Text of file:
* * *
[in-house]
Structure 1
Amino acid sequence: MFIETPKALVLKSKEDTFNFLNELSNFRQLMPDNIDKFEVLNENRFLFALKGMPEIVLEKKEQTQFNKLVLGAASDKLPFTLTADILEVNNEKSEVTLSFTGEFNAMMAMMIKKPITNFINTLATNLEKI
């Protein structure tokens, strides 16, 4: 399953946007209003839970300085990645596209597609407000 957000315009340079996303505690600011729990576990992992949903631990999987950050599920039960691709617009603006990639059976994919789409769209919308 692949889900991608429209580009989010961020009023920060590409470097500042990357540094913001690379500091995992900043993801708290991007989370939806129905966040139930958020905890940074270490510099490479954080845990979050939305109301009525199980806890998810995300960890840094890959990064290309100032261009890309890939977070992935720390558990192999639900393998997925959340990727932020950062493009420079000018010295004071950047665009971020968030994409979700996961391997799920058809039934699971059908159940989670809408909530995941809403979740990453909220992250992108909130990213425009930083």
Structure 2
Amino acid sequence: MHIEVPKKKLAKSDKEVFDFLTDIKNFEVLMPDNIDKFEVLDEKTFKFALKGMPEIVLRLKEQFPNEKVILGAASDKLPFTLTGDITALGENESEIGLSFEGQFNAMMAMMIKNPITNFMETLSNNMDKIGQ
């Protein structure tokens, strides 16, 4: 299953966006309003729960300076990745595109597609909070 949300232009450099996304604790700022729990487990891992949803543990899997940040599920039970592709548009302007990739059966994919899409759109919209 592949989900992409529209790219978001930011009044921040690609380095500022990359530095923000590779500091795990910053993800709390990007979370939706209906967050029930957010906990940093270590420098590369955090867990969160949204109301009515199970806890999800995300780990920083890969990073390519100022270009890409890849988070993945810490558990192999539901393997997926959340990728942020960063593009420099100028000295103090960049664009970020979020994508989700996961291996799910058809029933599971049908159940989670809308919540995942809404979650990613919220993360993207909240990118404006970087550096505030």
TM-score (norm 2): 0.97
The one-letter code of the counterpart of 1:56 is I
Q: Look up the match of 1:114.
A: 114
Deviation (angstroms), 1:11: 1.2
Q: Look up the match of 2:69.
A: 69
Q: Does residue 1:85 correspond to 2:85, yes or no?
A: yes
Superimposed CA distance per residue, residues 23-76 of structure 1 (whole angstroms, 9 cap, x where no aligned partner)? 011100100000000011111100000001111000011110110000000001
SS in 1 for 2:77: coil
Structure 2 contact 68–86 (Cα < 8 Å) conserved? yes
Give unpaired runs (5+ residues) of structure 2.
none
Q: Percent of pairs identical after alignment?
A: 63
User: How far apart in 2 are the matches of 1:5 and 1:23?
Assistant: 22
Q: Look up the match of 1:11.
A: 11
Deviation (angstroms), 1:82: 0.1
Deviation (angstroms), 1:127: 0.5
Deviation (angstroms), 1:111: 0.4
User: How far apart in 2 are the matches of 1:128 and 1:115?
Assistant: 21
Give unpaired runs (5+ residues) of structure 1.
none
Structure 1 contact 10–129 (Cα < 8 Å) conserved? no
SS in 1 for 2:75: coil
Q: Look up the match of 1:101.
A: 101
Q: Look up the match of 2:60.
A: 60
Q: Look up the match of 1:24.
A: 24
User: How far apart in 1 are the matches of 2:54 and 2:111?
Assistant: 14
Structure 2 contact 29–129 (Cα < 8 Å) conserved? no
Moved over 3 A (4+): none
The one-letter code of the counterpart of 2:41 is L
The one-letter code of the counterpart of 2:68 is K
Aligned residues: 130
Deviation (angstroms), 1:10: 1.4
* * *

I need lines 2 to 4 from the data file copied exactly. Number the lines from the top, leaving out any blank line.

Structure 1
Amino acid sequence: MFIETPKALVLKSKEDTFNFLNELSNFRQLMPDNIDKFEVLNENRFLFALKGMPEIVLEKKEQTQFNKLVLGAASDKLPFTLTADILEVNNEKSEVTLSFTGEFNAMMAMMIKKPITNFINTLATNLEKI
């Protein structure tokens, strides 16, 4: 399953946007209003839970300085990645596209597609407000 957000315009340079996303505690600011729990576990992992949903631990999987950050599920039960691709617009603006990639059976994919789409769209919308 692949889900991608429209580009989010961020009023920060590409470097500042990357540094913001690379500091995992900043993801708290991007989370939806129905966040139930958020905890940074270490510099490479954080845990979050939305109301009525199980806890998810995300960890840094890959990064290309100032261009890309890939977070992935720390558990192999639900393998997925959340990727932020950062493009420079000018010295004071950047665009971020968030994409979700996961391997799920058809039934699971059908159940989670809408909530995941809403979740990453909220992250992108909130990213425009930083």